Last week, BP announced an overhaul of its gulf oil spill claims process. More businesses would be eligible. More checks would be cut, and they’d be sent out faster. Claimants facing “urgent capital needs” could call a dedicated hotline.

But many businesses in Florida continue to face delays, and their owners are still finding their pleas for cash met with requests for documentation.

After a summer of cutting expenses, taking out loans and fretting over truck payments, some business owners in the fishing towns along Apalachicola Bay — where the oil never came ashore — worry that BP doesn’t understand their industry, and wonder whether Kenneth Feinberg is prepared to make them whole when he takes over the process later this month.

Jason Thomas of My-Way Seafood in Panacea says that business is down by thousands of dollars a week from last year, but no amount of documentation from his accountant seems to satisfy BP. On Friday, his colleague Debbie Logan returned from another fruitless three-hour trip to the claims office in nearby Crawfordville, frustrated by the lack of answers.

My-Way’s income varies from day to day, depending on the size of the catch (which can change as often as the weather), the number of tourists driving by, the fluctuating demand of cost-conscious restaurants and assorted other factors.

“They can’t understand how we do business like that,” Thomas says, but that’s the way it’s always been.

Finding a way to fairly compensate My-Way for its losses, a process already fraught with uncertainty, is further complicated by the fact that oil never made it this far east.

For perhaps a month after the spill, businesses like My-Way saw a spike in demand, as customers stocked up on months’ worth of seafood, fearing that Gulf of Mexico fisheries could be lost forever.

“After that, it just died, like somebody turned a faucet off,” Thomas says.

For a while, though, the fish were still biting. Fishermen could catch plenty of fish, but they couldn’t sell them. As seafood from other parts of the gulf became unavailable, the price of shrimp and oysters spiked, and seafood distributors like Lynne’s Quality Oysters in Eastpoint were squeezed. Individual fishermen lined up for $5,000 claims, but that was little help for larger businesses.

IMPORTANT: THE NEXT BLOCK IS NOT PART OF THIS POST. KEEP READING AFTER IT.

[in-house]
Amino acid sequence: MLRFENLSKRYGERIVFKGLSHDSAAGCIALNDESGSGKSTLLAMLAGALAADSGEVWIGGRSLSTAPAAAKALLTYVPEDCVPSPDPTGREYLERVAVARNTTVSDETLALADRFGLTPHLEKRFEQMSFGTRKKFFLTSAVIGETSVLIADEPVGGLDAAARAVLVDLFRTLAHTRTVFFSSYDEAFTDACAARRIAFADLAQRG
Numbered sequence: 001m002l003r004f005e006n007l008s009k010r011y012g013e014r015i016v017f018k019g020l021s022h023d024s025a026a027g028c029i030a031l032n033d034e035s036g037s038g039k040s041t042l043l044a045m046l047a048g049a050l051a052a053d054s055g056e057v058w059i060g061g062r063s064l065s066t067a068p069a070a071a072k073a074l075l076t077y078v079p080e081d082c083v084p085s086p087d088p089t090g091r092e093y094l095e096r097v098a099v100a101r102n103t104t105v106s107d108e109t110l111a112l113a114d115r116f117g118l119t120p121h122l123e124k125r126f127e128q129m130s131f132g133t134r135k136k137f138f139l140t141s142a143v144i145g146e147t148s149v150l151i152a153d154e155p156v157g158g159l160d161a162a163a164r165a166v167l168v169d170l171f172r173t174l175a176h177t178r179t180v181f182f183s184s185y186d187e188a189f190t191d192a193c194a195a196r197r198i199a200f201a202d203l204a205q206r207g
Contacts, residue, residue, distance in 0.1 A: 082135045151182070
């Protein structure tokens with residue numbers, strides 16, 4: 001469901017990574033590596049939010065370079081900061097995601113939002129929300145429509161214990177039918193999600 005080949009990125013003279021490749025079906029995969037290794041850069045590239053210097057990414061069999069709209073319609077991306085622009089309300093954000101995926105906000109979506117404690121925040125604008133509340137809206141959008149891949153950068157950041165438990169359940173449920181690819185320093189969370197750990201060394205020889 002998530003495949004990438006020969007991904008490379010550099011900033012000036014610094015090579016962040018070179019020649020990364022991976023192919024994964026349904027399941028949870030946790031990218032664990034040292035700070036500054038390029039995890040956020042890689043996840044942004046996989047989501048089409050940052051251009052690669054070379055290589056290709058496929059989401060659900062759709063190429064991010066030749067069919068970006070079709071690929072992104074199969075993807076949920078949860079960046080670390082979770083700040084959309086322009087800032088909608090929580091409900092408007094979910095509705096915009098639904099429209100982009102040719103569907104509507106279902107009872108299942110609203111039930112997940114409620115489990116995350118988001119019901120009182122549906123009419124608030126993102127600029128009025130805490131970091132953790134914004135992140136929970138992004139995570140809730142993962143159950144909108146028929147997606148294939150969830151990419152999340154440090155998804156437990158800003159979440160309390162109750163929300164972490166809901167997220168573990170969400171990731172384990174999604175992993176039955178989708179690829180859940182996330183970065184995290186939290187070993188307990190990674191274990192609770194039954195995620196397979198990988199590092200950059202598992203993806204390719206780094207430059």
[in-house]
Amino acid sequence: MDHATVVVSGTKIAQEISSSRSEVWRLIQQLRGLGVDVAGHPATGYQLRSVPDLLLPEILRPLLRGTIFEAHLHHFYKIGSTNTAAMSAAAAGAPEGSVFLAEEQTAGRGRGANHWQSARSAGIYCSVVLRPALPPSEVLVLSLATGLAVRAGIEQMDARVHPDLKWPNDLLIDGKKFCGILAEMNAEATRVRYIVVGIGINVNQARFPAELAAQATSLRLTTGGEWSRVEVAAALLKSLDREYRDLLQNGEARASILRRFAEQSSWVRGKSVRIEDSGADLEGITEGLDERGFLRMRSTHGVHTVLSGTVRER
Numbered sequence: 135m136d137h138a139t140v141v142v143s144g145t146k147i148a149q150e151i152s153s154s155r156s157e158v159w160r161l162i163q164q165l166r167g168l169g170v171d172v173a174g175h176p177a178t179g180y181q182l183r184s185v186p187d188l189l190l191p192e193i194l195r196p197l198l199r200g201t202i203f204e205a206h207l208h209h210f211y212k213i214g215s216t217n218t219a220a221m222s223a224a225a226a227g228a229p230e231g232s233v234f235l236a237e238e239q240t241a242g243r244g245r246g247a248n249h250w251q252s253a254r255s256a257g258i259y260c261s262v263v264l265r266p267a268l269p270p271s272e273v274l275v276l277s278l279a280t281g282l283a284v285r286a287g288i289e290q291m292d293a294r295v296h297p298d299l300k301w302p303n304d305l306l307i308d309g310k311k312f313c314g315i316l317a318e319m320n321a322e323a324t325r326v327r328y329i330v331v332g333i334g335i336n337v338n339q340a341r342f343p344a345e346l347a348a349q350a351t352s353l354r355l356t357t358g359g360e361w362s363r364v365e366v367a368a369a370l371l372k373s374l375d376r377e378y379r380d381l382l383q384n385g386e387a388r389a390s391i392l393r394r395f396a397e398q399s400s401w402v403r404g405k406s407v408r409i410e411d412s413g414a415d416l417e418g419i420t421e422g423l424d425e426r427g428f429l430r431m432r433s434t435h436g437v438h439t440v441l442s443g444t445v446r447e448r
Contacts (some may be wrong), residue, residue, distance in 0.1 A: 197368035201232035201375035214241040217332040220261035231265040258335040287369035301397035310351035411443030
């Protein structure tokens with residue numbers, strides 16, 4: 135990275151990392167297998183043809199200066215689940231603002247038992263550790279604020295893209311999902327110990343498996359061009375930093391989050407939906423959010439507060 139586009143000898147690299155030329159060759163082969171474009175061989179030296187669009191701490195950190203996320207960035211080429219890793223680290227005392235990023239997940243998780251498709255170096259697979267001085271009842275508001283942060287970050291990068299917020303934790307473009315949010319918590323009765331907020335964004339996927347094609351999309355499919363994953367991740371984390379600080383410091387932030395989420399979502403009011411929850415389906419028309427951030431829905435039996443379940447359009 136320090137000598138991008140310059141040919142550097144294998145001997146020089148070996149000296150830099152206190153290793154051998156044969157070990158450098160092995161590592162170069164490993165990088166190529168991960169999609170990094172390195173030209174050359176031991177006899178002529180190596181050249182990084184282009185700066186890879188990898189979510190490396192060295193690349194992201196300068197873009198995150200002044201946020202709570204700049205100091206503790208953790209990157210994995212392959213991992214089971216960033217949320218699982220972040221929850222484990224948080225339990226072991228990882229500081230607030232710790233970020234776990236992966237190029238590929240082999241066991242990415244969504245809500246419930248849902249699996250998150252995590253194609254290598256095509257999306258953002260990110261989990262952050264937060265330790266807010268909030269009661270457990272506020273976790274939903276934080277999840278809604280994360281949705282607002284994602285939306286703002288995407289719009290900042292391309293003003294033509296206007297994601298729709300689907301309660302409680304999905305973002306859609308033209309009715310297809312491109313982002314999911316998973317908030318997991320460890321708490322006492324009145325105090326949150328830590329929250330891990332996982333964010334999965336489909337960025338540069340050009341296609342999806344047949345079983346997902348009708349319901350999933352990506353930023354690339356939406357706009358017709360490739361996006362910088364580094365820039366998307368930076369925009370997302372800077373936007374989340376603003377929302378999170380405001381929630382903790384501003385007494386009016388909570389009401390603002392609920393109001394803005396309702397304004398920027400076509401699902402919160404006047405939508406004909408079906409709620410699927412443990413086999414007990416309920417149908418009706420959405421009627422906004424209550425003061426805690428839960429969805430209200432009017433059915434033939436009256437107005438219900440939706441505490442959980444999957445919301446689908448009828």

“Five thousand dollars won’t even pay my utility bills,” says Lynne Martina, the owner. She says she’s taken out a loan from the Small Business Administration to stay afloat. Business is recovering, slowly, but there’s no telling when it will return to normal.

Calculating the spill’s tangential effects on seafood markets is difficult. In Florida, the industry has been hurting for years, due to strict catch limits and competition from cheap flash-frozen imports. For every seafood distributor still operating along U.S. 98, there’s another one boarded up.

Still, Thomas says, he’s been able to make a decent living off the family business. Now he says he worries about losing everything.

During a recent visit to Florida, incoming claims administrator Kenneth Feinberg told a group of fishing industry representatives to share their expertise to help him craft a fair method for figuring out how to compensate them.

“It’s pretty clear you’re eligible,” he told the group. The hard part would be figuring out how much each commercial fishing operation or charter boat operator is entitled to.

So are some more eligible than others? And which losses will be covered?

Last week, BP said it would be focusing on claims filed by businesses “in close proximity” to the spill, and deferring the rest to Feinberg, who will begin making payments later this month. It remains unclear what “close proximity” means — though it does not seem to include fishing operations along the Florida peninsula.

Feinberg will return to Florida Tuesday, to meet with representatives of affected industries and work toward answers to those questions.

Representatives for Feinberg did not respond to requests for comment, and BP’s press office said it couldn’t answer questions about specific cases.

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